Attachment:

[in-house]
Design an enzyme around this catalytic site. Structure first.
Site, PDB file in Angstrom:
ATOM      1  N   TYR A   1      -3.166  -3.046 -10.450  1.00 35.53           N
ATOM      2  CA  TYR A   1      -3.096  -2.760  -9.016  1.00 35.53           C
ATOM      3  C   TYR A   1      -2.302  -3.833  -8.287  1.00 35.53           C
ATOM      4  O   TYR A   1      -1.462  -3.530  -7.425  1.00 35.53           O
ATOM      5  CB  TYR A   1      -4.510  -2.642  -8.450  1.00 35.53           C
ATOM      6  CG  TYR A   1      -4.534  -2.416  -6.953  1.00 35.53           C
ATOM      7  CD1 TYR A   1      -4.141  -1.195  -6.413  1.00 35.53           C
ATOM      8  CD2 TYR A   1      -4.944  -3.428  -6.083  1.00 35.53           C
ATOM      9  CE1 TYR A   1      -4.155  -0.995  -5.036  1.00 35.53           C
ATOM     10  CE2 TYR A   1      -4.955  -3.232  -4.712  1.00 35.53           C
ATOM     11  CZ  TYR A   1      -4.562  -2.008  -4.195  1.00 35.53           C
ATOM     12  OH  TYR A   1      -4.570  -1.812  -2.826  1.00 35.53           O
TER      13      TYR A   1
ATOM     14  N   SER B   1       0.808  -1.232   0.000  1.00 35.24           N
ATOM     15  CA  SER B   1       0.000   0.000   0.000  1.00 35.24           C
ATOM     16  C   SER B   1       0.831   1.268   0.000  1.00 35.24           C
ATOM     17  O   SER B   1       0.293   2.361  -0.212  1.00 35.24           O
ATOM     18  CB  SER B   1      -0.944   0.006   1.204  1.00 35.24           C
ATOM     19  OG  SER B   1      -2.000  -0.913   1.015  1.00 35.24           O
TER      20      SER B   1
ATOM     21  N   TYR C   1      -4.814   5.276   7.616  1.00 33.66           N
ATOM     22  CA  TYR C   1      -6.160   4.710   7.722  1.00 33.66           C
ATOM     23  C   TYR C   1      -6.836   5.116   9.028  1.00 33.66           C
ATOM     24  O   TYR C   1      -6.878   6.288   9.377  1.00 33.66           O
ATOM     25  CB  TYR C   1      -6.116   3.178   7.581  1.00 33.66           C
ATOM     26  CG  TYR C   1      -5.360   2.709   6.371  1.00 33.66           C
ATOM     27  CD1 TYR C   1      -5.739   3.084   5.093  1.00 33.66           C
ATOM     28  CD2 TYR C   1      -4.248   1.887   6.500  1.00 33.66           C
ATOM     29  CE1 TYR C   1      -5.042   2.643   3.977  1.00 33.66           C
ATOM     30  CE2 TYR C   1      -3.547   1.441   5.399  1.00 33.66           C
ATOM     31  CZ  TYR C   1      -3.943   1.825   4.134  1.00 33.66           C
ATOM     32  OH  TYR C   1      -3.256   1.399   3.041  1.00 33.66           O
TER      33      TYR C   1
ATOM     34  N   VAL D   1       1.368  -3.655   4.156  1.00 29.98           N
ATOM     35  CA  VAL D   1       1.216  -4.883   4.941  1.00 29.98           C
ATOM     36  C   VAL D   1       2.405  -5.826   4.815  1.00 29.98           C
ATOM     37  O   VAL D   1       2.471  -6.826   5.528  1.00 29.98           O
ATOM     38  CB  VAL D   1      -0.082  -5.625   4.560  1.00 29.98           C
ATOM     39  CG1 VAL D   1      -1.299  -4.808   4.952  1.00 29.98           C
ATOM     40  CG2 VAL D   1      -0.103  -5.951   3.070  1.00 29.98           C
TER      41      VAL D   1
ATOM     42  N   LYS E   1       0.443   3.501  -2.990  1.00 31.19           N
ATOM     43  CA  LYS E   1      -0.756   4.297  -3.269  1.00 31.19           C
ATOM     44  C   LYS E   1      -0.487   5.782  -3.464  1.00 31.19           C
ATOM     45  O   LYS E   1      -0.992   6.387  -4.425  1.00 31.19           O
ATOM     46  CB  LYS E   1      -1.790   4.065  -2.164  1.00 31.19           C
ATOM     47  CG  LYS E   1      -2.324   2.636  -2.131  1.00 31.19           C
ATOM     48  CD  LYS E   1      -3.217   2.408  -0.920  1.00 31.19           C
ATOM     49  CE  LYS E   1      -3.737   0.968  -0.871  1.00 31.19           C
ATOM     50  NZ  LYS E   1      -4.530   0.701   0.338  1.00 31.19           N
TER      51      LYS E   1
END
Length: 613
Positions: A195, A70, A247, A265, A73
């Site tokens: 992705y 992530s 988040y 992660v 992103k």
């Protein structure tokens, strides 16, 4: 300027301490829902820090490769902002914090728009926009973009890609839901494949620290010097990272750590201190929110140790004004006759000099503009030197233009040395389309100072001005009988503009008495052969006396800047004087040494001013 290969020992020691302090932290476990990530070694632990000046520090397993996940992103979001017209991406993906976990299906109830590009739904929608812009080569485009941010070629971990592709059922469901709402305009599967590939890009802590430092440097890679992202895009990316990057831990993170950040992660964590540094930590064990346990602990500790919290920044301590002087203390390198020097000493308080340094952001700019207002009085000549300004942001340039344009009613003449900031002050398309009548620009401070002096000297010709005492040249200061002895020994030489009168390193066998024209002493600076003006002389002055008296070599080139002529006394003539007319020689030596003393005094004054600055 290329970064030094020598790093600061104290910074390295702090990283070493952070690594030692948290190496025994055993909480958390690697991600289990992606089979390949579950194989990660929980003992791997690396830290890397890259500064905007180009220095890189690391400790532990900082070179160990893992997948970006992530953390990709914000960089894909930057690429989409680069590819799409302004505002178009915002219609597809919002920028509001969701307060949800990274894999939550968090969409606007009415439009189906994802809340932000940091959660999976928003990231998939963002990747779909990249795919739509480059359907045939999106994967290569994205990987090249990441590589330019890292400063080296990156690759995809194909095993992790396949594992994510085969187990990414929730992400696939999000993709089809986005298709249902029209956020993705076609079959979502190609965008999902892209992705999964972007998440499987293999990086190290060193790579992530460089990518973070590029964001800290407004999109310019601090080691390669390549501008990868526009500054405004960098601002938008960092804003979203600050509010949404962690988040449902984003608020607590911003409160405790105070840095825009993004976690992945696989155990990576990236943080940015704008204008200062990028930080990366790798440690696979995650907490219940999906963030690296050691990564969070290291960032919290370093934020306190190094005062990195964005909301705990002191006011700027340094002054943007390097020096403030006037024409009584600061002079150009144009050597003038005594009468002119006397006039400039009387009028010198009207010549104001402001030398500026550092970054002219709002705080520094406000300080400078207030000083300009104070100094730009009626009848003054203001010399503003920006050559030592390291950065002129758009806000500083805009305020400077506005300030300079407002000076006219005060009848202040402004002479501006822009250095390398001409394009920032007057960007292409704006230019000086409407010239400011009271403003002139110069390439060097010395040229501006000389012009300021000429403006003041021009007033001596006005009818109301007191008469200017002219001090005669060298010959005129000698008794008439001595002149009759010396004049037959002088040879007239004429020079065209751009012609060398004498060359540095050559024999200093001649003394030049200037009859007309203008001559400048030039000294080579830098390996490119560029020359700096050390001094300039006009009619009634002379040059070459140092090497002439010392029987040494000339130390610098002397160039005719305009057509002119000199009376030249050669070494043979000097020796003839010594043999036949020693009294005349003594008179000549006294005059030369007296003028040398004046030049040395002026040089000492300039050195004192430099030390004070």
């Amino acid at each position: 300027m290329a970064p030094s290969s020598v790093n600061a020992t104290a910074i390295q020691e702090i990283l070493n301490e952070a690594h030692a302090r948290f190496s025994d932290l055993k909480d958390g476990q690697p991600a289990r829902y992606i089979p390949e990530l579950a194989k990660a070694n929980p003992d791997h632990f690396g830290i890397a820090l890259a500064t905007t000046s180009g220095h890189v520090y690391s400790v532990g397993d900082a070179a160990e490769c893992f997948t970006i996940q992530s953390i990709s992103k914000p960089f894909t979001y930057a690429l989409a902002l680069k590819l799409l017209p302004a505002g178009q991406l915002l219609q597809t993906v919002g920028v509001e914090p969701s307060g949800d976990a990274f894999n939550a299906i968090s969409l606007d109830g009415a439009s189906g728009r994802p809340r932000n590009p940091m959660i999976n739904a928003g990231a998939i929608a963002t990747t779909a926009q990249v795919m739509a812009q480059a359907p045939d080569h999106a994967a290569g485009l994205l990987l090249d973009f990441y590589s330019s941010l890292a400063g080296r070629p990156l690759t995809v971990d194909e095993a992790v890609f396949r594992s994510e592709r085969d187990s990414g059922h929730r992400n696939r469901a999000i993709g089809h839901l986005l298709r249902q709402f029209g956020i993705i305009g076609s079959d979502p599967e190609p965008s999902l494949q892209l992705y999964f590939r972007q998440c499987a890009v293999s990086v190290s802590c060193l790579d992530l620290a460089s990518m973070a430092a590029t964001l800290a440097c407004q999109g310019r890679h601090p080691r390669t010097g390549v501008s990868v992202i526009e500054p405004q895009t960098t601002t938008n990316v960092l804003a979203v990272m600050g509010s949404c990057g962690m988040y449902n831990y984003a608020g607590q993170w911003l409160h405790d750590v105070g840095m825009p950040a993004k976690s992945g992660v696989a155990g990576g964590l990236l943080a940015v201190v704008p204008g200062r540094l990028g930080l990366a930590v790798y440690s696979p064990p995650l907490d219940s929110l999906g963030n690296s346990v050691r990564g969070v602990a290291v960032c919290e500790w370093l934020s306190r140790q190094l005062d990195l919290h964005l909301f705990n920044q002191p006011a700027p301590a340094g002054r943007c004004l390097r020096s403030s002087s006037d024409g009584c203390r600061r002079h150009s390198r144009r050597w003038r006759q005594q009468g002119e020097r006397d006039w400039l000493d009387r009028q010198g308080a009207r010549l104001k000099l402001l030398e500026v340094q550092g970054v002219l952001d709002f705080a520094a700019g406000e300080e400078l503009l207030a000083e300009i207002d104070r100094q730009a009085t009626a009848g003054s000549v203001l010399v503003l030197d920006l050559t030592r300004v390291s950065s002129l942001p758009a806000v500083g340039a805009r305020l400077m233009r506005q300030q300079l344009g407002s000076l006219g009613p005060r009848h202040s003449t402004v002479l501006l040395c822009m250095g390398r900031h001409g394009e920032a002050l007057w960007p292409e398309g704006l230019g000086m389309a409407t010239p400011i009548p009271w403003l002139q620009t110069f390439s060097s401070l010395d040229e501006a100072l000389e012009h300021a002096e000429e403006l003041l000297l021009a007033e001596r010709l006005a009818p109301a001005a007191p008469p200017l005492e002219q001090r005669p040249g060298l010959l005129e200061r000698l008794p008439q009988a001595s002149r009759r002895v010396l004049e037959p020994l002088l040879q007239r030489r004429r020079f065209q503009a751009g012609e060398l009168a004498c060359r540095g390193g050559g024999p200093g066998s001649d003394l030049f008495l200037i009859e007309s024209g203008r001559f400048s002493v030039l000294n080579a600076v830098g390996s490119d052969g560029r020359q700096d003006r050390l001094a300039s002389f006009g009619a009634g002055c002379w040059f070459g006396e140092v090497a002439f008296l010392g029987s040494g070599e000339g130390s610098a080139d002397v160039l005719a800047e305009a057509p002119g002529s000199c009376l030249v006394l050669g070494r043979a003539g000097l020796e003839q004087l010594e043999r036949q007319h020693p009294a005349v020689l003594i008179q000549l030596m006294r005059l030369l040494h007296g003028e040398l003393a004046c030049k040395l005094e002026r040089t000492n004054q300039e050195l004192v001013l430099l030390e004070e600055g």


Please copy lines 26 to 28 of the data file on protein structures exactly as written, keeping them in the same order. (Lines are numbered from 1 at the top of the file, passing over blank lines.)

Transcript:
ATOM     23  C   TYR C   1      -6.836   5.116   9.028  1.00 33.66           C
ATOM     24  O   TYR C   1      -6.878   6.288   9.377  1.00 33.66           O
ATOM     25  CB  TYR C   1      -6.116   3.178   7.581  1.00 33.66           C